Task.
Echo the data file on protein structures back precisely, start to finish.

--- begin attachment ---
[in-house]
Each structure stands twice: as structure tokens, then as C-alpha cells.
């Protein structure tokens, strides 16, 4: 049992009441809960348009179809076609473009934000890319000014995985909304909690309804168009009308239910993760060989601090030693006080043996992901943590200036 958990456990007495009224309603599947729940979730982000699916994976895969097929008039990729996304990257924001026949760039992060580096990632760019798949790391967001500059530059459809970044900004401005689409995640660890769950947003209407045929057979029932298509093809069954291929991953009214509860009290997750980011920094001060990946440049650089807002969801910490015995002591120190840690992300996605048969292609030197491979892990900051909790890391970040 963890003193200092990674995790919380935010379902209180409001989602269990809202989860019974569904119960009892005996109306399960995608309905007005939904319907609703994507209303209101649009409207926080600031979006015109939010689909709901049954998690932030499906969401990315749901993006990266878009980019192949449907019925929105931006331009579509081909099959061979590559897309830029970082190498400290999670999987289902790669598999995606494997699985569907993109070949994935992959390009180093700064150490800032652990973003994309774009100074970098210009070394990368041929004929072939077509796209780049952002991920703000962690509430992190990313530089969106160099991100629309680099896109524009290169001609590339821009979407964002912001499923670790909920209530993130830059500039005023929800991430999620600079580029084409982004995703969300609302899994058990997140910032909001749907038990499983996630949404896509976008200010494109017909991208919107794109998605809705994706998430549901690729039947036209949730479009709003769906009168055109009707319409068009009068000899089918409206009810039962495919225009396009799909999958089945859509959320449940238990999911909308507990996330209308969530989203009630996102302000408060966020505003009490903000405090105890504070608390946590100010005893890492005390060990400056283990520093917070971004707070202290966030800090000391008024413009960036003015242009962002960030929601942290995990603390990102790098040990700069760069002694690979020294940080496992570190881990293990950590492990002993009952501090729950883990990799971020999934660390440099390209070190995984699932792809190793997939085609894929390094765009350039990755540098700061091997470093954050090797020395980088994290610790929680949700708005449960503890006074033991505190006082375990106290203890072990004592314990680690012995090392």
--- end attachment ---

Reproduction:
[in-house]
Each structure stands twice: as structure tokens, then as C-alpha cells.
């Protein structure tokens, strides 16, 4: 049992009441809960348009179809076609473009934000890319000014995985909304909690309804168009009308239910993760060989601090030693006080043996992901943590200036 958990456990007495009224309603599947729940979730982000699916994976895969097929008039990729996304990257924001026949760039992060580096990632760019798949790391967001500059530059459809970044900004401005689409995640660890769950947003209407045929057979029932298509093809069954291929991953009214509860009290997750980011920094001060990946440049650089807002969801910490015995002591120190840690992300996605048969292609030197491979892990900051909790890391970040 963890003193200092990674995790919380935010379902209180409001989602269990809202989860019974569904119960009892005996109306399960995608309905007005939904319907609703994507209303209101649009409207926080600031979006015109939010689909709901049954998690932030499906969401990315749901993006990266878009980019192949449907019925929105931006331009579509081909099959061979590559897309830029970082190498400290999670999987289902790669598999995606494997699985569907993109070949994935992959390009180093700064150490800032652990973003994309774009100074970098210009070394990368041929004929072939077509796209780049952002991920703000962690509430992190990313530089969106160099991100629309680099896109524009290169001609590339821009979407964002912001499923670790909920209530993130830059500039005023929800991430999620600079580029084409982004995703969300609302899994058990997140910032909001749907038990499983996630949404896509976008200010494109017909991208919107794109998605809705994706998430549901690729039947036209949730479009709003769906009168055109009707319409068009009068000899089918409206009810039962495919225009396009799909999958089945859509959320449940238990999911909308507990996330209308969530989203009630996102302000408060966020505003009490903000405090105890504070608390946590100010005893890492005390060990400056283990520093917070971004707070202290966030800090000391008024413009960036003015242009962002960030929601942290995990603390990102790098040990700069760069002694690979020294940080496992570190881990293990950590492990002993009952501090729950883990990799971020999934660390440099390209070190995984699932792809190793997939085609894929390094765009350039990755540098700061091997470093954050090797020395980088994290610790929680949700708005449960503890006074033991505190006082375990106290203890072990004592314990680690012995090392």